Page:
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CHARGERS TESTING THE LOS ANGELES WATERS?

In the latest chapter of the never-ending saga of the NFL potentially returning to Los Angeles, the San Diego Chargers have hired an L.A. marketing firm, the Los Angeles Times reports.
Although the article by Sam Farmer described the hiring of Wasserman Media Group as a move to promote the Chargers in L.A. and Orange County, it also notes that the transaction will probably be interpreted by many as an NFL franchise testing the waters for a possible move to the nation’s second-largest market.
Los Angeles hasn’t had a team to call its own since the Raiders and Rams left town following the 1994 season.
“The bottom line is Los Angeles and Orange County are two of the most lucrative markets in the world,” Mark Fabiani, who leads the Chargers’ efforts on stadium issues, told the Times. “There’s no NFL team in those markets, and there’s no reason the Chargers can’t pursue those areas in these difficult economic times.”
Per the article, the Chargers have clashed with local officials for the past seven years in their efforts to get a new stadium built. And the team’s three-month window to move the franchise starts ticking Sunday, which happens to be the the same day as Super Bowl XLIII.
According to the team’s lease arrangement with the city of San Diego, that chance to relocate the team will continue to open for three months annually at this time of year. 
Meanwhile, the city of San Diego is prevented from seeking legal remedies against the Chargers or the league to stop a move if it’s compensated with a $56 million termination fee that will shrink each year.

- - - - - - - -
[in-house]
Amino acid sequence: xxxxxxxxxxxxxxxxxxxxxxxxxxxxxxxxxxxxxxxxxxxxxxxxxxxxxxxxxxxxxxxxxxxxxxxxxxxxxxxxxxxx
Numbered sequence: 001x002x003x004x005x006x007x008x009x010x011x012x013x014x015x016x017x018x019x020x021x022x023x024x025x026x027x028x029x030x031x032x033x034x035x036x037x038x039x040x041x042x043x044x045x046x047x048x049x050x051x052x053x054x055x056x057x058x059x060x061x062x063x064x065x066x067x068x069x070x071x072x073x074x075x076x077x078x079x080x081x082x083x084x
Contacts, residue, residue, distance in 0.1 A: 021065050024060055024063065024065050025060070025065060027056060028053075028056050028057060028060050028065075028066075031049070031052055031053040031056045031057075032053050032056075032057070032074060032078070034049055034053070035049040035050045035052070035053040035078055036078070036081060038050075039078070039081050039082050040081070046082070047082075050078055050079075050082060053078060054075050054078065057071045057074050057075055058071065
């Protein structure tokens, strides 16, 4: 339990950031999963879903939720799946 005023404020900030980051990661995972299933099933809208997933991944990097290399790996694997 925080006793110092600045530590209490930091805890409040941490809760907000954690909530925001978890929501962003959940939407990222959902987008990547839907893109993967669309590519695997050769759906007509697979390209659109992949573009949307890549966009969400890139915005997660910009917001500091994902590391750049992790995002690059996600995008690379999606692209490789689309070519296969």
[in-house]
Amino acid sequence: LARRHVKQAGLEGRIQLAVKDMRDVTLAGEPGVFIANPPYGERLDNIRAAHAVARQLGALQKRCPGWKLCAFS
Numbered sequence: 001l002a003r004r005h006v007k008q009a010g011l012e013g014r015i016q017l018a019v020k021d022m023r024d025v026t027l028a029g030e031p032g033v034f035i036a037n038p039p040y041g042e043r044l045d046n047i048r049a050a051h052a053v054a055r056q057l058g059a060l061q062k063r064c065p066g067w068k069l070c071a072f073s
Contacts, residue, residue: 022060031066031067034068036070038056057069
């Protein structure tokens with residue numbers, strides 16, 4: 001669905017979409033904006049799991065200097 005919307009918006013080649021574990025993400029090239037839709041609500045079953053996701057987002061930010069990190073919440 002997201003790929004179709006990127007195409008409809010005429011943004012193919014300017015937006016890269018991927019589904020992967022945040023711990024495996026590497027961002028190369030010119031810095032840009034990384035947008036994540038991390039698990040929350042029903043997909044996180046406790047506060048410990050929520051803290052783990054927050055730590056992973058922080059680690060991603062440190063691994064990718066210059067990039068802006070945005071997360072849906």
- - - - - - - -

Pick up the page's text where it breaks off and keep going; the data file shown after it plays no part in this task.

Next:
(Random Ron Burgundy line goes here: Great Odin’s raven! By the way, I bet the Anchorman loved the Chargers’ groovy fight song.)
Whether it’s saber-rattling or not, the Chargers seem determined to explore their options after spending $10 million to look into potential new stadium sites in Chula Vista in San Diego County.
“We’re definitely a lot closer to the end of this process than the beginning,” Fabiani said. “This is not a process that can go on forever.”
When it comes to possibly packing up and moving, the Chargers seem to be poised to bolt ahead of the Oakland Raiders and the Minnesota Vikings because they’re both contractually bound to their respective cities through the 2011 season.
Even if a team wants to move, there are unresolved stadium issues in Southern California. The latest stadium proposal on the table is Ed Roski’s idea to build a stadium in the small town of Industry, Calif.
There’s also talk about a possible L.A. Super Bowl.
“I would be open-minded,” Tampa Bay Buccaneers owner Bryan Glazer said. “We have to see the situation in L.A. at the time, the potential for solving the situation there. .. I think it’s more important to have a team in L.A., whether it’s the 49th or the 53rd Super Bowl. That’s the bigger issue.”
While there are a ton of thorny issues involved here, there’s also a lot of potential money to be made if the NFL ever returns to Los Angeles. And that’s why this conversation never seems to die.

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9 Responses to “CHARGERS TESTING THE LOS ANGELES WATERS?”
  1. empty13 says: Jan 27, 2009 8:55 AM

    why not just drop 2 expansion teams in LA.
    name them the LA Whatevers and the Orange Orange.

  2. SpartaChris says: Jan 27, 2009 10:11 AM

    >>According to the team’s lease arrangement with the city of San Diego, that chance to relocate the team will continue to open for three months annually at this time of year. <<
    Huh?

  3. SpartaChris says: Jan 27, 2009 10:13 AM